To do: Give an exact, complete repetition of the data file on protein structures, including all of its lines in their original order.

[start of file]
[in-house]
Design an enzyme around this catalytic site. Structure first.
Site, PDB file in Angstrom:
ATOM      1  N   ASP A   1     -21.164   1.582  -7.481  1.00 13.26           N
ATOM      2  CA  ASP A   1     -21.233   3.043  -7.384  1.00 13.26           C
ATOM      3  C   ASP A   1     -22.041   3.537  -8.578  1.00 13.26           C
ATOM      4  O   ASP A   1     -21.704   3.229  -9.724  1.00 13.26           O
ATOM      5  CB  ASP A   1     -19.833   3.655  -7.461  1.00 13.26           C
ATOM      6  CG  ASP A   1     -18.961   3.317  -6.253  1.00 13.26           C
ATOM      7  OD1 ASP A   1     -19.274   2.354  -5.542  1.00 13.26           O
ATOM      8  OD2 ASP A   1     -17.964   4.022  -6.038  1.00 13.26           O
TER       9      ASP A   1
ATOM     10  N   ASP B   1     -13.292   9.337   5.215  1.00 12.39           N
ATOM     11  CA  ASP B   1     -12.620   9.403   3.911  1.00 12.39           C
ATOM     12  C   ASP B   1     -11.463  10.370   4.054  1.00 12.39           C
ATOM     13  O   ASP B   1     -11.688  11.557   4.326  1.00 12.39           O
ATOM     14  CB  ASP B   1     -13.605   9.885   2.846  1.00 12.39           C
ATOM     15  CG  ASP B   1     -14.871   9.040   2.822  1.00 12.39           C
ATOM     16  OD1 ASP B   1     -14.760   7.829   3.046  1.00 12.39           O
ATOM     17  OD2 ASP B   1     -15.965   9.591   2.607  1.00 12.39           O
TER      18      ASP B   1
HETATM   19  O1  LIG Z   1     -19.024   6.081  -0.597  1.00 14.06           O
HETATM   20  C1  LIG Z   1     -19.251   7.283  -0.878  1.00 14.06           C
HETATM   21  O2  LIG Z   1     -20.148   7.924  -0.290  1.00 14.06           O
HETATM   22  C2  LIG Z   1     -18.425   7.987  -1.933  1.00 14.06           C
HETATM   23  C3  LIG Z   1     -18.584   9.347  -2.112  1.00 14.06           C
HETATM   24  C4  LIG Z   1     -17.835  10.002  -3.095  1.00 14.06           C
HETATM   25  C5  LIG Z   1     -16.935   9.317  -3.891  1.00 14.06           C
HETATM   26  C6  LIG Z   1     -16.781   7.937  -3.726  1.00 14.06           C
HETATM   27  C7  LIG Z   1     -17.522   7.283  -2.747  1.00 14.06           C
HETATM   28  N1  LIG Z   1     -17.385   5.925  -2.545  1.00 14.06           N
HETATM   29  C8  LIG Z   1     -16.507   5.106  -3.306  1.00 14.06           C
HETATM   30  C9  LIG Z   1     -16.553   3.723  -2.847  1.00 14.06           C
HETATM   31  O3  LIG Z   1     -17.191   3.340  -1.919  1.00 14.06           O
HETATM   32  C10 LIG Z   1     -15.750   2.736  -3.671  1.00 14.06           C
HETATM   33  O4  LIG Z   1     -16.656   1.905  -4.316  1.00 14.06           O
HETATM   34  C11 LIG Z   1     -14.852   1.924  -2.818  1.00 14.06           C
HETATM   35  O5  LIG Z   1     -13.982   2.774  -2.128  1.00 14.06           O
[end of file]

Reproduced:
[in-house]
Design an enzyme around this catalytic site. Structure first.
Site, PDB file in Angstrom:
ATOM      1  N   ASP A   1     -21.164   1.582  -7.481  1.00 13.26           N
ATOM      2  CA  ASP A   1     -21.233   3.043  -7.384  1.00 13.26           C
ATOM      3  C   ASP A   1     -22.041   3.537  -8.578  1.00 13.26           C
ATOM      4  O   ASP A   1     -21.704   3.229  -9.724  1.00 13.26           O
ATOM      5  CB  ASP A   1     -19.833   3.655  -7.461  1.00 13.26           C
ATOM      6  CG  ASP A   1     -18.961   3.317  -6.253  1.00 13.26           C
ATOM      7  OD1 ASP A   1     -19.274   2.354  -5.542  1.00 13.26           O
ATOM      8  OD2 ASP A   1     -17.964   4.022  -6.038  1.00 13.26           O
TER       9      ASP A   1
ATOM     10  N   ASP B   1     -13.292   9.337   5.215  1.00 12.39           N
ATOM     11  CA  ASP B   1     -12.620   9.403   3.911  1.00 12.39           C
ATOM     12  C   ASP B   1     -11.463  10.370   4.054  1.00 12.39           C
ATOM     13  O   ASP B   1     -11.688  11.557   4.326  1.00 12.39           O
ATOM     14  CB  ASP B   1     -13.605   9.885   2.846  1.00 12.39           C
ATOM     15  CG  ASP B   1     -14.871   9.040   2.822  1.00 12.39           C
ATOM     16  OD1 ASP B   1     -14.760   7.829   3.046  1.00 12.39           O
ATOM     17  OD2 ASP B   1     -15.965   9.591   2.607  1.00 12.39           O
TER      18      ASP B   1
HETATM   19  O1  LIG Z   1     -19.024   6.081  -0.597  1.00 14.06           O
HETATM   20  C1  LIG Z   1     -19.251   7.283  -0.878  1.00 14.06           C
HETATM   21  O2  LIG Z   1     -20.148   7.924  -0.290  1.00 14.06           O
HETATM   22  C2  LIG Z   1     -18.425   7.987  -1.933  1.00 14.06           C
HETATM   23  C3  LIG Z   1     -18.584   9.347  -2.112  1.00 14.06           C
HETATM   24  C4  LIG Z   1     -17.835  10.002  -3.095  1.00 14.06           C
HETATM   25  C5  LIG Z   1     -16.935   9.317  -3.891  1.00 14.06           C
HETATM   26  C6  LIG Z   1     -16.781   7.937  -3.726  1.00 14.06           C
HETATM   27  C7  LIG Z   1     -17.522   7.283  -2.747  1.00 14.06           C
HETATM   28  N1  LIG Z   1     -17.385   5.925  -2.545  1.00 14.06           N
HETATM   29  C8  LIG Z   1     -16.507   5.106  -3.306  1.00 14.06           C
HETATM   30  C9  LIG Z   1     -16.553   3.723  -2.847  1.00 14.06           C
HETATM   31  O3  LIG Z   1     -17.191   3.340  -1.919  1.00 14.06           O
HETATM   32  C10 LIG Z   1     -15.750   2.736  -3.671  1.00 14.06           C
HETATM   33  O4  LIG Z   1     -16.656   1.905  -4.316  1.00 14.06           O
HETATM   34  C11 LIG Z   1     -14.852   1.924  -2.818  1.00 14.06           C
HETATM   35  O5  LIG Z   1     -13.982   2.774  -2.128  1.00 14.06           O